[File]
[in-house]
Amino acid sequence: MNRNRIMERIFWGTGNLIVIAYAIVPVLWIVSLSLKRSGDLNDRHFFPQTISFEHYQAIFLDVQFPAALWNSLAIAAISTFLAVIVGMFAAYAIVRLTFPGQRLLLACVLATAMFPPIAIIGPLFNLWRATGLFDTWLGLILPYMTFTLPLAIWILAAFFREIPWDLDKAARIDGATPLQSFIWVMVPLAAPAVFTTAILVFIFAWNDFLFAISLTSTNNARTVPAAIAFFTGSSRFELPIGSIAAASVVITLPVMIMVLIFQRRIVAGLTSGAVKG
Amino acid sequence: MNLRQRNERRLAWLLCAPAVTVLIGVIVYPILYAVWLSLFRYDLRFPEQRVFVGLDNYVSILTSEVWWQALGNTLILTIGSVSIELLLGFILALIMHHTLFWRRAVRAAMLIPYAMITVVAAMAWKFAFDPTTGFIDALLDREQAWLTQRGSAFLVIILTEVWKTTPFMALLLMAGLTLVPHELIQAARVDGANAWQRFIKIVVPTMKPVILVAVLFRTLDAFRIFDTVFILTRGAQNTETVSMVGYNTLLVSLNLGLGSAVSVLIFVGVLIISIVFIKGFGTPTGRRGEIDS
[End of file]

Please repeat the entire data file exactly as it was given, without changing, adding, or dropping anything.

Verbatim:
[in-house]
Amino acid sequence: MNRNRIMERIFWGTGNLIVIAYAIVPVLWIVSLSLKRSGDLNDRHFFPQTISFEHYQAIFLDVQFPAALWNSLAIAAISTFLAVIVGMFAAYAIVRLTFPGQRLLLACVLATAMFPPIAIIGPLFNLWRATGLFDTWLGLILPYMTFTLPLAIWILAAFFREIPWDLDKAARIDGATPLQSFIWVMVPLAAPAVFTTAILVFIFAWNDFLFAISLTSTNNARTVPAAIAFFTGSSRFELPIGSIAAASVVITLPVMIMVLIFQRRIVAGLTSGAVKG
Amino acid sequence: MNLRQRNERRLAWLLCAPAVTVLIGVIVYPILYAVWLSLFRYDLRFPEQRVFVGLDNYVSILTSEVWWQALGNTLILTIGSVSIELLLGFILALIMHHTLFWRRAVRAAMLIPYAMITVVAAMAWKFAFDPTTGFIDALLDREQAWLTQRGSAFLVIILTEVWKTTPFMALLLMAGLTLVPHELIQAARVDGANAWQRFIKIVVPTMKPVILVAVLFRTLDAFRIFDTVFILTRGAQNTETVSMVGYNTLLVSLNLGLGSAVSVLIFVGVLIISIVFIKGFGTPTGRRGEIDS